Skye hawks put pests to flight
Jenny Sandiford and Euan Naylor hold
some of the falcons used in their business
by Clive Dennier
A KILLER business idea which has taken wings on Skye has veered off in a
The Isle of Skye Falconry has become a popular tourist attraction since
it was formed last summer, but recent interest in the birds' natural
predatory instincts has led to a change of direction for the business.
The birds of prey have attracted attention from companies wishing to
enlist the natural predators to solve bird problems of their own.
Euan Naylor and his partner, Jenny Sandiford set up the falconry
business in Kensaleyre near Uig with the help of grants from Skye and
Lochalsh Enterprise (Sale) and the Prince's Scottish Youth Business
Trust. The fledgling business began by offering hawk walks and falconry
courses, giving locals and tourists the chance to see and handle birds
of prey from around the world, while at the same time promoting
environment and conservation issues.
News of the unusual attraction spread and the couple were soon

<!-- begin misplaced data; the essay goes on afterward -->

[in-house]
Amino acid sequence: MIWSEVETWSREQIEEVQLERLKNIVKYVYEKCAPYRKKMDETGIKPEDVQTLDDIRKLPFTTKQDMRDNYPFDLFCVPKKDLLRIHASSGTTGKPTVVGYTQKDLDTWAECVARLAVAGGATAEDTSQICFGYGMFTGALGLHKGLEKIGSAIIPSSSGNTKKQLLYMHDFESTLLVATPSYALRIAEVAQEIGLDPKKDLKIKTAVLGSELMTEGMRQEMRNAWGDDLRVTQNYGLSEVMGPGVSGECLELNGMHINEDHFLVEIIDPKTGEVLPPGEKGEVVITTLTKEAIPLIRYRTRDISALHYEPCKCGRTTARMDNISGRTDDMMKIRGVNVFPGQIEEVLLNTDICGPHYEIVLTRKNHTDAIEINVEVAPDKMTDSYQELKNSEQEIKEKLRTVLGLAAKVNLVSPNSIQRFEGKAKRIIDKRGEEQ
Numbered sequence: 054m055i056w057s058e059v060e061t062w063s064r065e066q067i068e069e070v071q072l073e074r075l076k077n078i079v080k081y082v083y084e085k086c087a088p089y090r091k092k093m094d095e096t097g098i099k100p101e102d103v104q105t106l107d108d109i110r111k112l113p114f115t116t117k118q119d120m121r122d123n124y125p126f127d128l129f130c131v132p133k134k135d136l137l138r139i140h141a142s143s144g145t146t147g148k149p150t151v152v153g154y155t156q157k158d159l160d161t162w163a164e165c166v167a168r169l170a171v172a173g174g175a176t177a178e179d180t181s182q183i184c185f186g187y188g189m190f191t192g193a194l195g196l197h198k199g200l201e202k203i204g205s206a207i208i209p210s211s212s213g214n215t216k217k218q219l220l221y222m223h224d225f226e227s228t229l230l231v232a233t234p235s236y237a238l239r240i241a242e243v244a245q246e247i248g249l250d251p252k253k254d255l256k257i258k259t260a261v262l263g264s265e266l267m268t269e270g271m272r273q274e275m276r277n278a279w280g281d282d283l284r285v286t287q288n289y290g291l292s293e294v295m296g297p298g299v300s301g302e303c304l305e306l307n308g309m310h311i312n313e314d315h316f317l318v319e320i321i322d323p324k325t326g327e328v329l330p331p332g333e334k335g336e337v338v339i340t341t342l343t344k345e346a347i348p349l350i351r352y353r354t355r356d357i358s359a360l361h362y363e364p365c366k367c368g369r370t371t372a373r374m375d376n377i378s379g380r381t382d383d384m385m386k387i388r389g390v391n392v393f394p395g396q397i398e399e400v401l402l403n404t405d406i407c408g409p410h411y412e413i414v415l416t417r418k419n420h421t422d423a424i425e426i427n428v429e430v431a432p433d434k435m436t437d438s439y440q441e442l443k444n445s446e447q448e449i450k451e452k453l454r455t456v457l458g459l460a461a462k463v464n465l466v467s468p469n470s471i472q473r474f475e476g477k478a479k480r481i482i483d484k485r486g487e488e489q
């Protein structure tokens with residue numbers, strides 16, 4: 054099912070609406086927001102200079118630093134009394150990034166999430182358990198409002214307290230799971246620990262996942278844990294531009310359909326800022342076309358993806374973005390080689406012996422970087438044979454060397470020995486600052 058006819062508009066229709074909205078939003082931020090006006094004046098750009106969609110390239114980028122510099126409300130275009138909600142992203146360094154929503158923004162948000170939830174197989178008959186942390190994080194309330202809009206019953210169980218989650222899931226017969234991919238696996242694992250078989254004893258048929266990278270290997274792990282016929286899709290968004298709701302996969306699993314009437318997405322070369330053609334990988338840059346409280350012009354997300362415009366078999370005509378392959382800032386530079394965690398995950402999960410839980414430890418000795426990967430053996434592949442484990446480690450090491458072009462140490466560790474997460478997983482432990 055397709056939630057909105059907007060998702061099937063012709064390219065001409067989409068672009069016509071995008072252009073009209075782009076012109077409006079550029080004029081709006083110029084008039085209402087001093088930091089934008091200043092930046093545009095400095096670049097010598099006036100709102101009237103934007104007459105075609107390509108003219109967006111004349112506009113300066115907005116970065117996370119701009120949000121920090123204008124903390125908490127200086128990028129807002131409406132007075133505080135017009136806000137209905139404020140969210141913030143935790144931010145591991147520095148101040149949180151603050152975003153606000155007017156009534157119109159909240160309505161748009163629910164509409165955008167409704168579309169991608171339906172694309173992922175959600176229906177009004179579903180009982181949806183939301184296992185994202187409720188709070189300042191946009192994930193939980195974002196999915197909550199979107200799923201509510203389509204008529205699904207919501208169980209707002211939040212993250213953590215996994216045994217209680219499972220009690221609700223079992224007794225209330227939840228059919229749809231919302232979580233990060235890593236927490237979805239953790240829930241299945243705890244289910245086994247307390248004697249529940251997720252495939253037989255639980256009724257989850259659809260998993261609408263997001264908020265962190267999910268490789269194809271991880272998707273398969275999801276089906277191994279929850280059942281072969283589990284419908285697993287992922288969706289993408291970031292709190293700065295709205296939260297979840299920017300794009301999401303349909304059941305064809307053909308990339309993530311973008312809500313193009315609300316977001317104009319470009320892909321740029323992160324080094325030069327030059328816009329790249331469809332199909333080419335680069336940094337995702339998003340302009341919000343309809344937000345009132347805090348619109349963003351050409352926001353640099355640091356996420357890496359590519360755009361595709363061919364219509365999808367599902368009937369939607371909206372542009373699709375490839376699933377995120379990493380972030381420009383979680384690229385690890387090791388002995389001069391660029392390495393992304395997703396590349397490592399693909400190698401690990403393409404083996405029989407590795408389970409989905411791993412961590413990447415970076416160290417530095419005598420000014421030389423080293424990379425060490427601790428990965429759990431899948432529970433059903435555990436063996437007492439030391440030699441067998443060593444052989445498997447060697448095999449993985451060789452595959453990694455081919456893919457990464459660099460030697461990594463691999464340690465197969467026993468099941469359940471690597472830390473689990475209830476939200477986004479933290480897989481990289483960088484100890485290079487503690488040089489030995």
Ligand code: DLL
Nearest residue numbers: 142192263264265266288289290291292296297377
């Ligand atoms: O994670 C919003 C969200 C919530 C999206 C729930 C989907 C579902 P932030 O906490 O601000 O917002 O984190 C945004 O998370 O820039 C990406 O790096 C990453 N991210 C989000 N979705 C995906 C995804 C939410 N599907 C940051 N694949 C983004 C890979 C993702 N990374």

approached by businesses seeking solutions to pest control problems..
Now the couple's birds have become seagulls' number one enemy as they
guard the skies above industrial estates and inside warehouses across
Ms Sandiford explained the company's recent change in direction:
"We didn't see ourselves offering a pest control service when we first
started the business but it has certainly helped us survive a quiet
"We've completed a few contracts, and our birds seem to have been quite
successful at scaring off gulls. They don't actually catch or kill them,
they just disturb them from nesting and roosting in the area"
The couple benefited from the HIE Starts scheme - a European-funded
initiative to provide a regular. income and advice for new businesses
during the first few months of trading.
With six months of HIE Starts assistance from SALE behind them, the
couple had all the support they needed to pursue this new market, as Mr
"The allowance scheme provided us with the capital to buy the materials
needed to start our business, and without this we would have struggled
through the winter.
"We started off with a team of eight birds and now have 11, with three
new arrivals due in March. As our number of birds increases so does the
need for a bigger site, and we have started looking for land on Skye
large enough to house around 80 birds."
& Journal, February 13, 2003